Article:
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As of Aug. 13 the Milledge route and the Health Sciences route have changed.

For students and faculty that rely on public transportation, changing familiar bus routes can add to the confusion that comes with the new semester. The University of Georgia Transportation and Parking Services changed two of its major bus routes — the Milledge route and Health Sciences route — as of Aug. 13.

“I’m not used to it yet, and I don’t like that they changed it and didn’t say much until right when everybody got back to school,” said Reilley Shamblin, a junior fashion merchandising major from Kennesaw.

Shamblin uses the Milledge bus to commute to campus. Her commute has changed with the new routes, requiring her to board two different buses to get around.

The Riverbend-South Milledge and Vet Med routes have been altered only slightly, with two new vans and an extra stop to be implemented to the Riverbend-South Milledge route by the spring semester and the Park-and-Ride lot being added to the Vet Med route.

“We’re actually carrying 5,000 more people a day as a whole system than we were last year,” said Todd Berven, associate director of TPS.

The total daily ride count for all UGA buses is around 44,000 people, according to numbers provided by UGA Transportation and Parking Services. Last year, they estimated around 39,000.

The changes

Originally, passengers of the Milledge route could catch both south and northbound buses to campus from stops along Milledge Avenue, the most popular residential area on the route. Now, the Health Sciences route picks up southbound passengers after making its way down Prince Avenue from the Health Sciences campus at the corner of Prince Avenue and Oglethorpe Avenue.

The Milledge route now makes a full loop through campus, stopping at high-volume locations like the Tate Student Center on north campus and the Georgia Center on south campus. Its new loop concept, where only right turns are necessary, has sped up the route, Berven said.

Berven said UGA TPS and the Student Government Association worked closely in determining the new route changes.

The main reason for the changes was excess capacity on the Health Sciences route. Most buses would show up to campus nearly empty, Berven said. Adding the new stretch of Milledge Avenue has provided more passengers.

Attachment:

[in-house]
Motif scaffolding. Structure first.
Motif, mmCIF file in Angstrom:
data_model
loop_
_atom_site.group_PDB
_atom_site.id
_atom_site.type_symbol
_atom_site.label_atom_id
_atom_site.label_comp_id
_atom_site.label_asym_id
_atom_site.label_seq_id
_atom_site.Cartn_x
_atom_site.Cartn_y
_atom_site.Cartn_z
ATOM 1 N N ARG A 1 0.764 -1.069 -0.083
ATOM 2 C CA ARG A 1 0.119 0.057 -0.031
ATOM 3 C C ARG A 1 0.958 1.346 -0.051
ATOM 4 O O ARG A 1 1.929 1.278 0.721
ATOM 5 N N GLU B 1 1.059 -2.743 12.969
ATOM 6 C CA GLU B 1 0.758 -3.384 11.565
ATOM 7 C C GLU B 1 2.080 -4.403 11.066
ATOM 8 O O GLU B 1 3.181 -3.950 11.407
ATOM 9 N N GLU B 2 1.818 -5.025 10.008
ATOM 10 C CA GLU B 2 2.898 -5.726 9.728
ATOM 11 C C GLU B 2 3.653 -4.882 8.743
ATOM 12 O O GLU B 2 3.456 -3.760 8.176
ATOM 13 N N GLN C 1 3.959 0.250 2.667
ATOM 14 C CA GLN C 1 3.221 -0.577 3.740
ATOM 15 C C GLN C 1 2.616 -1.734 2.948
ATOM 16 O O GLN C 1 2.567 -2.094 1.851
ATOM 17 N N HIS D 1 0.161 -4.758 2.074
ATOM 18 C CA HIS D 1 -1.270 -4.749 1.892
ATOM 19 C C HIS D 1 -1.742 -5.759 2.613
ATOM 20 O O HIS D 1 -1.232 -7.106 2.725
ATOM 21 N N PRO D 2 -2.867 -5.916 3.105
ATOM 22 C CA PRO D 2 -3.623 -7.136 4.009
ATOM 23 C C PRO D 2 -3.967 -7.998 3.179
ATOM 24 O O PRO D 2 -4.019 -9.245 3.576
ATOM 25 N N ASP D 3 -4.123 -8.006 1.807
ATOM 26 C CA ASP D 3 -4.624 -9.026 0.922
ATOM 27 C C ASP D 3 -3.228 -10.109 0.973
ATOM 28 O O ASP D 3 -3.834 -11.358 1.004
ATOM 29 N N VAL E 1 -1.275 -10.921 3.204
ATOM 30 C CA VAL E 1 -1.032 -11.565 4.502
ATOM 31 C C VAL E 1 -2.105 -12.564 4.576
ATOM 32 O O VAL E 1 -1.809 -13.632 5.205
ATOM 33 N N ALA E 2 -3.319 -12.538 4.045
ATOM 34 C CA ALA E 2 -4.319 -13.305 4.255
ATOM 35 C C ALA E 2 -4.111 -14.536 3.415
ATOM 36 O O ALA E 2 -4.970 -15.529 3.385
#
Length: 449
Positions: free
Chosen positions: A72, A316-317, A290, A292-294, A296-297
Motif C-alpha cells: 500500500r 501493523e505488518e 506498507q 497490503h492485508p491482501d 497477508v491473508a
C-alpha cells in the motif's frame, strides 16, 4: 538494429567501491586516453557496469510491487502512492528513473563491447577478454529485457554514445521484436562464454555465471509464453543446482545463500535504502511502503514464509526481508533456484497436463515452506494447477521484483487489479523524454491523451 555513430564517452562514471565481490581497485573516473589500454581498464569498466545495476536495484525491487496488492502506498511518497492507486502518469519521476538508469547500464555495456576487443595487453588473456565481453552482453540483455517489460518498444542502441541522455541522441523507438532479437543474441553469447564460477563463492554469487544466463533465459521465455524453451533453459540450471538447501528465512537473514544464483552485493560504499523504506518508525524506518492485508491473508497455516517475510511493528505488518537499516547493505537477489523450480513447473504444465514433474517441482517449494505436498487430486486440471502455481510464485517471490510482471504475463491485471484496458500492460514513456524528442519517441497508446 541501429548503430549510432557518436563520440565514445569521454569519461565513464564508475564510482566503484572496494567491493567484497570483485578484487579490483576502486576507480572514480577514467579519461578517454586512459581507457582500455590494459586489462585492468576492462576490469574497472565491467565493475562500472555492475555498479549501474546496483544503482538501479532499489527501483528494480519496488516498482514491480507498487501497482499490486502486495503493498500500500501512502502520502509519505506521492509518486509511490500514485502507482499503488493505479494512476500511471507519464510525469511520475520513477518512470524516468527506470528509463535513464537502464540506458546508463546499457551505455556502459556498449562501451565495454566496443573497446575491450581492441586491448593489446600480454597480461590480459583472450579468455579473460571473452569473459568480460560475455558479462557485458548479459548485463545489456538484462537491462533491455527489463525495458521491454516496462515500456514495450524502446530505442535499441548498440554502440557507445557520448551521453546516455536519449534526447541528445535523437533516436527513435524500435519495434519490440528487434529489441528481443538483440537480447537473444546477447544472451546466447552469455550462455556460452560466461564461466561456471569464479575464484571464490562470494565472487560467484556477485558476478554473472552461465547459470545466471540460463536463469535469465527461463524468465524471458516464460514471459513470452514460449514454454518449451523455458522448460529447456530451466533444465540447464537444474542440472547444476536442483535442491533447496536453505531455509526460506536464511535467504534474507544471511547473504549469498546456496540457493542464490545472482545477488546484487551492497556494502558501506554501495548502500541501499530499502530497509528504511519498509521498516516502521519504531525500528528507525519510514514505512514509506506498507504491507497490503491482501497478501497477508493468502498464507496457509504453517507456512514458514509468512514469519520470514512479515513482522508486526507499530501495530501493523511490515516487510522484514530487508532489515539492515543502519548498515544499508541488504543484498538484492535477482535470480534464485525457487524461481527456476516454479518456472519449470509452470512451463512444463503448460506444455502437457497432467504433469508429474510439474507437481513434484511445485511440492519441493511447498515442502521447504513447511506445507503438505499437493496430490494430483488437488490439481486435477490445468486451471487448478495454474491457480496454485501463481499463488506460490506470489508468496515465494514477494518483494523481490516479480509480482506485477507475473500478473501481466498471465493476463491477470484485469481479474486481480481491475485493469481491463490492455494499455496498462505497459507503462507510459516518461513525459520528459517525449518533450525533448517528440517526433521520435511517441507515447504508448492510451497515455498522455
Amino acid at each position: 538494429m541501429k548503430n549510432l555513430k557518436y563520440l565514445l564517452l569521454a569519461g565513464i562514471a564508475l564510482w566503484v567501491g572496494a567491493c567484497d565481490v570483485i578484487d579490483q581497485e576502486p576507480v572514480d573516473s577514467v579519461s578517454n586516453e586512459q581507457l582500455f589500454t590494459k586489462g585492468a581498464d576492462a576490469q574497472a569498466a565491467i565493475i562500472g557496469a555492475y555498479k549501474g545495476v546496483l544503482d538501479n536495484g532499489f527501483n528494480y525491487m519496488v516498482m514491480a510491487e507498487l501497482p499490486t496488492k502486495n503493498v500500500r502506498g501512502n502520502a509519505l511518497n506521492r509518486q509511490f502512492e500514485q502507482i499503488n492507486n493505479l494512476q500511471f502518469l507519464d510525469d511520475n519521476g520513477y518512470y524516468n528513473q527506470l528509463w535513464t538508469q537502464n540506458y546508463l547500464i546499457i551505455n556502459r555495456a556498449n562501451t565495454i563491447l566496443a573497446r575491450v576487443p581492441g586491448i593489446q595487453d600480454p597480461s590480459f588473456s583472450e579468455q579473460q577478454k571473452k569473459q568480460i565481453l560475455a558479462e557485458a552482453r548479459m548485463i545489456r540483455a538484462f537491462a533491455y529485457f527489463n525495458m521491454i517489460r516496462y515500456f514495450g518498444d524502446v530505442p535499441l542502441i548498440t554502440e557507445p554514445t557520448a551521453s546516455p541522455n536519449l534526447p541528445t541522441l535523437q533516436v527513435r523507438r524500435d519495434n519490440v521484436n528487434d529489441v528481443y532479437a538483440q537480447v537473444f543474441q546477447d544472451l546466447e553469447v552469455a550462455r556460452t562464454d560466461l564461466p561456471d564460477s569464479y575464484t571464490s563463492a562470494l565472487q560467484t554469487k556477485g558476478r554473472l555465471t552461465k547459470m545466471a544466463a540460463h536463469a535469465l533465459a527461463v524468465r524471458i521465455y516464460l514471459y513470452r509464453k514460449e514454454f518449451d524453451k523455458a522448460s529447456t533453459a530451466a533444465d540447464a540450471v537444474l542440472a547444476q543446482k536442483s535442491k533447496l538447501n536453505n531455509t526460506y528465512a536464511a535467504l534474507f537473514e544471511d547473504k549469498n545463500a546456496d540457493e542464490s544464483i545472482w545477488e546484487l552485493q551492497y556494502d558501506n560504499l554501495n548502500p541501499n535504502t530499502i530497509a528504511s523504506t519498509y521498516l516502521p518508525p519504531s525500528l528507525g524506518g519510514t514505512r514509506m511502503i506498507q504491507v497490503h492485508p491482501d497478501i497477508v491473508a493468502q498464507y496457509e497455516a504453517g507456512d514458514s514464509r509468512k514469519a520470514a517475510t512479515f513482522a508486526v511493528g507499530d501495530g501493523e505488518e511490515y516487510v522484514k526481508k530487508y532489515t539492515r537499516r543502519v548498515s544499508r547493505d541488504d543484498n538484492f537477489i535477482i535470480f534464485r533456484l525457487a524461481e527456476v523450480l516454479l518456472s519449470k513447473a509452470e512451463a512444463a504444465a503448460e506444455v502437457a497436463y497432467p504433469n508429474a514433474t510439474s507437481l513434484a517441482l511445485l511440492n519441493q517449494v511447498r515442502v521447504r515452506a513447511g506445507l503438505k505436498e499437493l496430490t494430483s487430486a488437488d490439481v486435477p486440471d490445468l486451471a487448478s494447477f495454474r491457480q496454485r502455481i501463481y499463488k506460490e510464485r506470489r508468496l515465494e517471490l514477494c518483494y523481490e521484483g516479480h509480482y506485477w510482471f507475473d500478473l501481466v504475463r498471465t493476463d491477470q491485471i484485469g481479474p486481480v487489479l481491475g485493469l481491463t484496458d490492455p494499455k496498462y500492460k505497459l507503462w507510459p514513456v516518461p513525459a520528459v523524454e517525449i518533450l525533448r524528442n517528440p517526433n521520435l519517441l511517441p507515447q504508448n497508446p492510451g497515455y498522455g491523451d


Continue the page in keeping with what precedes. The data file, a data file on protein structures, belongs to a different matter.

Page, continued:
Many students have also chosen to park in off-campus lots and use the buses in order to ride in, Berven said. The Lucy Cobb parking lot, which costs $20 per month, and the Park-and-Ride lot on the corner of College Station Road and North Oconee Access Road, which costs $10 per month, are examples.

“We have a lot of students and staff using it sort of like a park and ride,” Berven said about the Lucy Cobb lot. “It’s kind of a double win for the campus and for the students, too.”

Brandon Clarizs, a junior genetics major from Roswell, drives the Milledge route during some of his shifts as a UGA bus driver. He thinks the new routes have created some issues.

“I think last year it was a lot more efficient,” Clarizs said. “Milledge was already really crowded and making it go through campus is just making things worse.”

Clarizs said, the Health Sciences bus has increased its passenger load, making the route slower overall. However, he thinks access to the Health Sciences campus directly from main campus is a plus.

Clarizs said that almost everyday he tells passengers they can’t board the bus running the Milledge route due to overcrowding. According to Berven, UGA transportation uses “tripper buses” to alleviate this issue.

The tripper buses come up behind certain buses running the highest capacity routes, especially during peak times of the day.

“You’ll never know the difference,” Berven said about the trippers.

These buses will switch routes depending on where the need is around campus, filling in the blocks of time between scheduled stops. Passengers can identify them by the “out of service” label or a lack of one.

Priorities

After the most recent changes, the Health Sciences route only serves four stops on Prince Avenue. Berven said this change represents UGA’s commitment to serving its students first.

While some students may not feel comfortable with the new route changes, Allison Brannen, marketing and communications manager with UGA Auxiliary Services, said student opinion influences these types of decisions. The stop at the Tate Center, a major addition to the Milledge route, was “directly in response to customer feedback,” Brannen said.  

TPS has received both positive and negative responses regarding the changes. Berven said his team is constantly trying to make UGA transportation more efficient.

“A lot of the delays, that’s something we work out,” Berven said.

Factors that most affect the speed and efficiency of bus routes include traffic congestion, communication among bus drivers and the number of passengers at any given stop. Driving through campus can still be “miserable,” Berven said, even with attempts at maximizing efficiency.

Berven said route changes are common each year, and student input may soon come in to play.

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